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Thread: Free or very cheap ways to study Japanese

  1. #1

    Default Free or very cheap ways to study Japanese

    What are some good free (and probably online) Japanese language resources? I know about iknow.co.jp, but was wondering what else everyone uses? Thanks!
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  2. #2

    Default Re: Free or very cheap ways to study Japanese

    www.lang-8.com

    My favorite resource. Native speakers of language A write entries in their language-of-study X. They correct X(and Y/Z etc) native speakers' entries in A, and native X speakers correct their entries. In a less confusing way, simplifying it to include just English and Japanese (though there are tons of languages on there)...you write Japanese entries and correct Japanese people's English entries. Then Japanese people correct your Japanese entries.

    There's a bit of an honor system, I guess, but it seems to work reasonably well. It's somewhat self-regulating in that people naturally tend to worry about correcting the entries of people who have corrected for them already. Since several Japanese people usually pounce on my entries within like 5 minutes of posting them, I try to keep my writing/correcting rate even by correcting several English entries for each Japanese one I write. (I suspect English-speakers may have a favorable "exchange rate" going.)
    Last edited by Wakatta; May 31st, 2009 at 15:31.
    Quote Originally Posted by katsudon View Post
    Principal: 'genki no nai shapenaa'
    Me: *giggle*
    Principal (turns to me, says): Very old sharpener. I am not as old as that sharpener.

  3. #3
    Senior Member loljapan's Avatar
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    Default Re: Free or very cheap ways to study Japanese

    That's a pretty cool system.

  4. #4

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    http://ichi2.net/anki The best opensource freeware Spaced Repetition Program you'll find. As the programmer was a JET (or variant), many things about it were tailored to learning Japanese. The developer (Damien Elmes) actively takes suggestions and implements them in a timely manner.

    http://www.alljapaneseallthetime.com Ok, not a learning resource, but the guy offers advice for self-study and immersion to help reach fluency in shorter periods of time (but not less hours). Has links to books and sites he finds useful.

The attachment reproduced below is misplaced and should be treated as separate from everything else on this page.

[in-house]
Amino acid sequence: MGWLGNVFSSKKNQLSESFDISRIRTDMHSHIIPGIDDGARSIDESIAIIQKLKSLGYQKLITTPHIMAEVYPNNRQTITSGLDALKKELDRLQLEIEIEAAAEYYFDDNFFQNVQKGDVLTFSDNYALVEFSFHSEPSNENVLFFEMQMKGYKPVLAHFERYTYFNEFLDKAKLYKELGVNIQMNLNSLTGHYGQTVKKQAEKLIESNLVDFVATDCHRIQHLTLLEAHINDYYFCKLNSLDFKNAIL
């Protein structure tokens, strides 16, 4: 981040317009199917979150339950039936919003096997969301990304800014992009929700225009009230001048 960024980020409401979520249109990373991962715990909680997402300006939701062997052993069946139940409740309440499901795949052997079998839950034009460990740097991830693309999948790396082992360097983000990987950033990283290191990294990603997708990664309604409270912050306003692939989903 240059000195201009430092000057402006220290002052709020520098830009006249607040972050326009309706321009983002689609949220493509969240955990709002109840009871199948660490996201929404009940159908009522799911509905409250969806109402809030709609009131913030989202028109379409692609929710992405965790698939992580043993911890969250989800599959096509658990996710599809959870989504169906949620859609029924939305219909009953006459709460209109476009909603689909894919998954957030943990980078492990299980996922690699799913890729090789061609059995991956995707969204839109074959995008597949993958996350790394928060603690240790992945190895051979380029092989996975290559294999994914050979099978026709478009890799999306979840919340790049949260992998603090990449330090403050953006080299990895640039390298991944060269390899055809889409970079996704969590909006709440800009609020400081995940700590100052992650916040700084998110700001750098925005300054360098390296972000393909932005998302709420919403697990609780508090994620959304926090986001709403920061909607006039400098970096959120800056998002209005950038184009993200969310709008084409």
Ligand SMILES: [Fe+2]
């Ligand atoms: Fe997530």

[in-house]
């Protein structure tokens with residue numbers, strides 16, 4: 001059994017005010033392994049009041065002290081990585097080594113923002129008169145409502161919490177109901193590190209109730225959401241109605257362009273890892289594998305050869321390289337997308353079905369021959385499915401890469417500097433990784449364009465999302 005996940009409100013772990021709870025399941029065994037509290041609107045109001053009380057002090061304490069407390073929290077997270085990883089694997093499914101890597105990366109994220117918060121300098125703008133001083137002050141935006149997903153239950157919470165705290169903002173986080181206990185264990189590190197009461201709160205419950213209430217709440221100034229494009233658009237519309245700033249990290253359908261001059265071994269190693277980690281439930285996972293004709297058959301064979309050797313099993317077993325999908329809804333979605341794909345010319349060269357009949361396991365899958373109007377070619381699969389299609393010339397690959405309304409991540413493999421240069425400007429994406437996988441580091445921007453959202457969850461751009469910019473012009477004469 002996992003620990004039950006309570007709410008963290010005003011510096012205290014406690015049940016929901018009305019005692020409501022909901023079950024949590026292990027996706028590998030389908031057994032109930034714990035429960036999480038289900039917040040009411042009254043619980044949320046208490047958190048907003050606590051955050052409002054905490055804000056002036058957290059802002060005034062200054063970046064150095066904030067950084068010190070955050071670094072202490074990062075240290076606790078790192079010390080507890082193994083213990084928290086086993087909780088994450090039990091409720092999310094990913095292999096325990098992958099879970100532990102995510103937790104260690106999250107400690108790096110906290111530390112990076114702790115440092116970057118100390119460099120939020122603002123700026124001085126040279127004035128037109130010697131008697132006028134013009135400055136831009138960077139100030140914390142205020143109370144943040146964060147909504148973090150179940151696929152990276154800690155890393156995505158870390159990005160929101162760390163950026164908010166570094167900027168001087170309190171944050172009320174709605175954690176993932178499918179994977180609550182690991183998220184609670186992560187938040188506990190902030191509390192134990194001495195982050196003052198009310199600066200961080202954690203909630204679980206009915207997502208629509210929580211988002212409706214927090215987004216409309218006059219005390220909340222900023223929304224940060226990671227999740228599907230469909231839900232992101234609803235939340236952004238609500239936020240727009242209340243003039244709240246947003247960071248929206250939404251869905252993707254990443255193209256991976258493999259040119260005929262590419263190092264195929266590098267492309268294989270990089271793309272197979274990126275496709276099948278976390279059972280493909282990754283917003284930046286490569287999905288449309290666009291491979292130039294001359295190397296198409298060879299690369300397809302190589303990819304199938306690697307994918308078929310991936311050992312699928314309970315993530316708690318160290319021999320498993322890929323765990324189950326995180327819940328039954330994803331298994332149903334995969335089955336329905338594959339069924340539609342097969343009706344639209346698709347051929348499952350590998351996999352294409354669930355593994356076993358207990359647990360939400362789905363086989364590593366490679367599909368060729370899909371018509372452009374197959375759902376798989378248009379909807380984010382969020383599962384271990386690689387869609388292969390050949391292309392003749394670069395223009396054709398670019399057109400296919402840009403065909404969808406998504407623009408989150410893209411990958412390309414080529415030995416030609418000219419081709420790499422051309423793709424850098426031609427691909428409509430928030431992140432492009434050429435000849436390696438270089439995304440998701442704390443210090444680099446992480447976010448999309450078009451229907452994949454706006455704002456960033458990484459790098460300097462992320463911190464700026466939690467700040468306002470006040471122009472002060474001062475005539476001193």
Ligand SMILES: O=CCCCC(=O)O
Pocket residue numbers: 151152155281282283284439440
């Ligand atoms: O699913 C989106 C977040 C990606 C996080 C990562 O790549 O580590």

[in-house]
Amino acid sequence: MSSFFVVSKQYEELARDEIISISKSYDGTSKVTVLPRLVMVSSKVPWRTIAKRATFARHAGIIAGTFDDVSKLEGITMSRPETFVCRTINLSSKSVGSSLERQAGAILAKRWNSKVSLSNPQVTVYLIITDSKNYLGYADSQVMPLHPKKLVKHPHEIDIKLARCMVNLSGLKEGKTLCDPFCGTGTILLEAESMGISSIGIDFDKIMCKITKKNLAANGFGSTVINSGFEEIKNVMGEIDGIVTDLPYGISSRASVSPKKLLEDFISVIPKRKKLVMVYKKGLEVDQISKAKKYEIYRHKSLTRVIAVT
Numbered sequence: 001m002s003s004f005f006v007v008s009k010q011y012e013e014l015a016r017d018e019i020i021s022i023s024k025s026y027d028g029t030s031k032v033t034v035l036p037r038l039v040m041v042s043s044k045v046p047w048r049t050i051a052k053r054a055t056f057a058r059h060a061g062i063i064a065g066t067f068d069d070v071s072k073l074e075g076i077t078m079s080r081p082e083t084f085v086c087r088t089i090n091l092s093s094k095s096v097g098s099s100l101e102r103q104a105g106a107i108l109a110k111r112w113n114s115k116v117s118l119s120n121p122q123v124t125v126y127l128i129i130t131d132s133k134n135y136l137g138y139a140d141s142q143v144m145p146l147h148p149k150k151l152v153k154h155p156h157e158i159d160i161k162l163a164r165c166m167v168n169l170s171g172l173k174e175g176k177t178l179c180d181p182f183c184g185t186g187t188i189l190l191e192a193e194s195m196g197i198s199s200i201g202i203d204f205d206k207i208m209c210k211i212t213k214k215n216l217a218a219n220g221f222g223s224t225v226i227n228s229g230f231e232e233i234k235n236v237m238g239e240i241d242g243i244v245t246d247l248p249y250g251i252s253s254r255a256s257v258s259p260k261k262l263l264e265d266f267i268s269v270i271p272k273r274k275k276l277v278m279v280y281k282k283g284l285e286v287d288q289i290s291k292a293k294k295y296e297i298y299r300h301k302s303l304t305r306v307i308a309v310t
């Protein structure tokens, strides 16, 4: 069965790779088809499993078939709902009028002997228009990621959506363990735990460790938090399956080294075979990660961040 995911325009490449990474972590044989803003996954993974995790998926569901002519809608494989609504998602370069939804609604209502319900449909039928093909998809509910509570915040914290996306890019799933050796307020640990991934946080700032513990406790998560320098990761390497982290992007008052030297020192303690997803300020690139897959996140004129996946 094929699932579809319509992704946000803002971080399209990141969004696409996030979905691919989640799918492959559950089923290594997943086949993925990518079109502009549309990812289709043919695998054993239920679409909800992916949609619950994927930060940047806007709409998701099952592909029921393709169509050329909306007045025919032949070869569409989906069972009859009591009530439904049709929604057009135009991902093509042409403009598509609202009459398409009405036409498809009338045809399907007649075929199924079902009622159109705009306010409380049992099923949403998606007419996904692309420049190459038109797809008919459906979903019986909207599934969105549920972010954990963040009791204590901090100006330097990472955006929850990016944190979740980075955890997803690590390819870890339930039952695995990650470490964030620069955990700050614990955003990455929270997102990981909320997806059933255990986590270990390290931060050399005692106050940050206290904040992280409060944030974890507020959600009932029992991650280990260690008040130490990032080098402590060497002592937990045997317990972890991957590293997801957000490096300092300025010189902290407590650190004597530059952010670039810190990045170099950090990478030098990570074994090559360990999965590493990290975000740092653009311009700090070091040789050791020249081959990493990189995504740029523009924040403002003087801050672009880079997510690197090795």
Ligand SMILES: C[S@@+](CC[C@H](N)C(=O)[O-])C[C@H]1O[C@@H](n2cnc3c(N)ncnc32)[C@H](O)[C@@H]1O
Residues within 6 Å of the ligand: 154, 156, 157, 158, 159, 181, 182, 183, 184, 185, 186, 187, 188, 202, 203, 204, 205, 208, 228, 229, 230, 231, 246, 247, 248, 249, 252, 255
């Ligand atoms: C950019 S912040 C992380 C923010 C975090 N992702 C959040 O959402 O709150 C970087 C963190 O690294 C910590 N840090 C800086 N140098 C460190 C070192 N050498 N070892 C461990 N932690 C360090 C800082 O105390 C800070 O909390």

http://kanji.koohii.com Website set up for those that use the Remembering the Kanji books. Has its own Leitner based flash card system where users can share stories to learn upwards of 3000 kanji. Has an active forum dedicated pretty much to learning Japanese.

    http://www.guidetojapanese.org Also known as the Tae Kim's guide (he's the author). Free online "text book" teaching grammar. It covers pretty much what you'll see on JLPT 3.

    http://smart.fm Formerly known as www.iknow.com, provides an outstanding resource for vocabulary words using sample sentences read by professional Japanese voice actors and photos.

    http://dramanote.seesaa.net Japanese blog, but it has scripts to many, many popular Japanese dramas. Essentially it's having a mini-novel companion to the show you're watching.

    http://www.d-addicts.com Great site to find links to movies and Japanese sub-title files. There are torrents on there, but the other resources such make it useful too.

    There are of course dozens if not hundreds of sites you can use. Many would be Japanese (such as yahoo.jp or 2ch) while some are about Japan (such as this forum). The above are just ones I used more than most.

  5. #5
    magic markers Gezora's Avatar
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    Default Re: Free or very cheap ways to study Japanese

    Kanji Box - an application on Facebook. Let's you drill vocab, kanji, etc. for the JLPT. For free.
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  6. #6

    Default Re: Free or very cheap ways to study Japanese

    kanjialive.uchicago.edu

  7. #7
    Useless cm2jr4's Avatar
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    http://readthekanji.com/

    Broken up by JLPT levels.

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    ERRRRRGG Avocado's Avatar
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    Default Re: Free or very cheap ways to study Japanese

    Something that Dombay linked to earlier, a list of free 'resources' that you can use...

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    ITIL's Favorite Beaner! Gusuke's Avatar
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    Default Re: Free or very cheap ways to study Japanese

    Watch NHK

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    Senior Member SarahJ27's Avatar
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    Quote Originally Posted by Gusuke View Post
    Watch NHK
    +1

    Watch TV a lot. My listening's sky-rocketed since I've gotten one.

    Also, reading Japanese sites online would be really cheap.
    Gov'ment came and took my baby!

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    Default Re: Free or very cheap ways to study Japanese


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    Default Re: Free or very cheap ways to study Japanese

    very intrigued by the kanji alive page. pity that they don't have more kanji than that though...but it will work well for JLPT 2 study I suppose. It's a really nice and user friendly resource. Kinda like the white rabbit cards I guess, which I think are lousy flashcards (too much information at once) but a great resource.

  13. #13

    Default Re: Free or very cheap ways to study Japanese

    Try making friends and living your life like you would back home. Go shopping with them, go to bars, and don't hangout with English Vampires so that you have an opportunity to speak Japanese. No novel, television, comic, anime, or videogame is a replacement for a Japanese friend. And none of those aforementioned sources will help your pronunciation or fluency like speaking with your friends on a daily basis.